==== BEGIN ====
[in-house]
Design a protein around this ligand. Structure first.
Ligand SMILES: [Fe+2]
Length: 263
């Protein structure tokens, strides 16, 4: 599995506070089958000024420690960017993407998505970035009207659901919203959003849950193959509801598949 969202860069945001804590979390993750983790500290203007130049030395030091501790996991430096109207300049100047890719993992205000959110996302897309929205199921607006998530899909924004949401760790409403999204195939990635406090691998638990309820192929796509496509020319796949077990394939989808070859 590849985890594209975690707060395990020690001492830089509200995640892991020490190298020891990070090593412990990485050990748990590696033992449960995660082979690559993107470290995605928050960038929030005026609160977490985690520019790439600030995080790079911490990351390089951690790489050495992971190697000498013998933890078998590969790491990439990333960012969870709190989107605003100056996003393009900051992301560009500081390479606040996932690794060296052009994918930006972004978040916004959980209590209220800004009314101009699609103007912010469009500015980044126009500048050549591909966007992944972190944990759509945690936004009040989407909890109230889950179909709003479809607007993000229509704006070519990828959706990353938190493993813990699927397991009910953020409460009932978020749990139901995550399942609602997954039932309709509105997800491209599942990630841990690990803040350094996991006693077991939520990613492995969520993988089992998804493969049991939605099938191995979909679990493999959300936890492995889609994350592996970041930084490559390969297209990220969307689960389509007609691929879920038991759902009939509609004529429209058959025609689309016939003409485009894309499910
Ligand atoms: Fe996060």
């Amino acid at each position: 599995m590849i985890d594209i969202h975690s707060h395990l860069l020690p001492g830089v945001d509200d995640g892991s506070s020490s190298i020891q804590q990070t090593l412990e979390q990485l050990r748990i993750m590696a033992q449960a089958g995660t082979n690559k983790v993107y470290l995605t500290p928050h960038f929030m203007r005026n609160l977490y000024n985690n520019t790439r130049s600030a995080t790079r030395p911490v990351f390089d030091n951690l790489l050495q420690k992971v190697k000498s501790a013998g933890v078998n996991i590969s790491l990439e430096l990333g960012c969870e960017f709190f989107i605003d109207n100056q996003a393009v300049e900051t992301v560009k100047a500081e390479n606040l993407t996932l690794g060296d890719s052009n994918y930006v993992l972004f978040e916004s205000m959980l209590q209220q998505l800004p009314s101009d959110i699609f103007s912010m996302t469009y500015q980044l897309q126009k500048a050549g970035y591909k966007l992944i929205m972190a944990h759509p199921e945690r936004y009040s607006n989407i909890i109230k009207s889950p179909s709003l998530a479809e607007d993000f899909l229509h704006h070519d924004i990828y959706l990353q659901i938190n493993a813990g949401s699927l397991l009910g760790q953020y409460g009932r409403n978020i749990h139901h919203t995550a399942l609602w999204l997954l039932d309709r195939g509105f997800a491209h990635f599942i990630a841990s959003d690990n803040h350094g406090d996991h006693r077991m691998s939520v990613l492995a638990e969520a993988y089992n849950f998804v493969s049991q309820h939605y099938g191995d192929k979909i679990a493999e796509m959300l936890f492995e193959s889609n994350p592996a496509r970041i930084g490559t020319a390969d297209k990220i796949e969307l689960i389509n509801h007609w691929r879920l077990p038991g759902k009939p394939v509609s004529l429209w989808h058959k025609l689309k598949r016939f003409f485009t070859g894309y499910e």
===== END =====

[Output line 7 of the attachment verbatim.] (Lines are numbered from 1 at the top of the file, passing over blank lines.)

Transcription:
């Amino acid at each position: 599995m590849i985890d594209i969202h975690s707060h395990l860069l020690p001492g830089v945001d509200d995640g892991s506070s020490s190298i020891q804590q990070t090593l412990e979390q990485l050990r748990i993750m590696a033992q449960a089958g995660t082979n690559k983790v993107y470290l995605t500290p928050h960038f929030m203007r005026n609160l977490y000024n985690n520019t790439r130049s600030a995080t790079r030395p911490v990351f390089d030091n951690l790489l050495q420690k992971v190697k000498s501790a013998g933890v078998n996991i590969s790491l990439e430096l990333g960012c969870e960017f709190f989107i605003d109207n100056q996003a393009v300049e900051t992301v560009k100047a500081e390479n606040l993407t996932l690794g060296d890719s052009n994918y930006v993992l972004f978040e916004s205000m959980l209590q209220q998505l800004p009314s101009d959110i699609f103007s912010m996302t469009y500015q980044l897309q126009k500048a050549g970035y591909k966007l992944i929205m972190a944990h759509p199921e945690r936004y009040s607006n989407i909890i109230k009207s889950p179909s709003l998530a479809e607007d993000f899909l229509h704006h070519d924004i990828y959706l990353q659901i938190n493993a813990g949401s699927l397991l009910g760790q953020y409460g009932r409403n978020i749990h139901h919203t995550a399942l609602w999204l997954l039932d309709r195939g509105f997800a491209h990635f599942i990630a841990s959003d690990n803040h350094g406090d996991h006693r077991m691998s939520v990613l492995a638990e969520a993988y089992n849950f998804v493969s049991q309820h939605y099938g191995d192929k979909i679990a493999e796509m959300l936890f492995e193959s889609n994350p592996a496509r970041i930084g490559t020319a390969d297209k990220i796949e969307l689960i389509n509801h007609w691929r879920l077990p038991g759902k009939p394939v509609s004529l429209w989808h058959k025609l689309k598949r016939f003409f485009t070859g894309y499910e």